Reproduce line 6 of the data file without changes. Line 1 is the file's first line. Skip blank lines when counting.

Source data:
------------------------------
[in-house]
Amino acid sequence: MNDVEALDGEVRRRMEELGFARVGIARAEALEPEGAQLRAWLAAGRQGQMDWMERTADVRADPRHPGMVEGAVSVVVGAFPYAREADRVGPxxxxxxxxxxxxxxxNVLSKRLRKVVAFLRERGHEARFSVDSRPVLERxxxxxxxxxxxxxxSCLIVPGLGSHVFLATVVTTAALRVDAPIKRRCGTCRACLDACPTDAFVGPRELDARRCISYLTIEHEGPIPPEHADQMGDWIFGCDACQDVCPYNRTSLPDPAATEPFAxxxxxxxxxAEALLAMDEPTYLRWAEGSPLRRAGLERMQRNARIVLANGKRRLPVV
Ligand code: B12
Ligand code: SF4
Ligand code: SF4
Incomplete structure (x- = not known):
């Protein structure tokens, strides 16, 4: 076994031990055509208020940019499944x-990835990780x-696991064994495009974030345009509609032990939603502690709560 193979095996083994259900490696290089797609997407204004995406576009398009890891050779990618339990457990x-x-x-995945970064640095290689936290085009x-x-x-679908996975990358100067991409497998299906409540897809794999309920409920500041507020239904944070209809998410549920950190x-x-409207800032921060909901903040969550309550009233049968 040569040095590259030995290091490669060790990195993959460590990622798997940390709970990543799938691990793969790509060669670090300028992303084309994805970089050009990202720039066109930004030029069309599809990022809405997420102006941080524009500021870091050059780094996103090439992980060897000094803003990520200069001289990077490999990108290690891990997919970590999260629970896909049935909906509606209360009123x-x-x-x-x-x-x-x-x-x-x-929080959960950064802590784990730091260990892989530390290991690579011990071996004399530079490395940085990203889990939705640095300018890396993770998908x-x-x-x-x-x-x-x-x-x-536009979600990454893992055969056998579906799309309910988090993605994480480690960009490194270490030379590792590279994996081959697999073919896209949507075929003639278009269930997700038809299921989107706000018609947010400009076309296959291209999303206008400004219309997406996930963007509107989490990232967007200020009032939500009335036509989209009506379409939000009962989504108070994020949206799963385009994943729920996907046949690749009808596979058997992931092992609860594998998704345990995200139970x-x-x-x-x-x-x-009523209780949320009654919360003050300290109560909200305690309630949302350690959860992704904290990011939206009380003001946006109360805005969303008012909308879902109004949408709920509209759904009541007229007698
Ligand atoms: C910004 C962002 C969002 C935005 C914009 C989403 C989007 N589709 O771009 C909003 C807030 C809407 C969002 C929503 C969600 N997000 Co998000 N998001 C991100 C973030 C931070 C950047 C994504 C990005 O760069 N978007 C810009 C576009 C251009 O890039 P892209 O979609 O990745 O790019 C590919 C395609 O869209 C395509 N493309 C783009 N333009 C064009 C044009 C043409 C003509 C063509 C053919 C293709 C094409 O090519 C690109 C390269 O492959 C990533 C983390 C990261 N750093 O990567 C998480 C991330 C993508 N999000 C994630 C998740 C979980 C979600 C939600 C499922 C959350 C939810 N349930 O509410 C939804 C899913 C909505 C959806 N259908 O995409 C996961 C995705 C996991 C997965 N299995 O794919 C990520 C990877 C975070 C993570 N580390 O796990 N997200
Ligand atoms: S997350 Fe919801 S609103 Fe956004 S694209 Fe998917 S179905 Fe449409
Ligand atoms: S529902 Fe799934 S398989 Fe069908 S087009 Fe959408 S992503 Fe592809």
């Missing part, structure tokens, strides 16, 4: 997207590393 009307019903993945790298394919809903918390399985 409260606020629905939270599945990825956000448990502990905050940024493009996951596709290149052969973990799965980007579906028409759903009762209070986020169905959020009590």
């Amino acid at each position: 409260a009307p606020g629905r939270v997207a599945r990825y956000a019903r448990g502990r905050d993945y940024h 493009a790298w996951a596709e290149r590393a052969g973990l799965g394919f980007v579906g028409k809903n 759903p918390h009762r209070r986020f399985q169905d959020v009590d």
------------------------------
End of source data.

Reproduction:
Incomplete structure (x- = not known):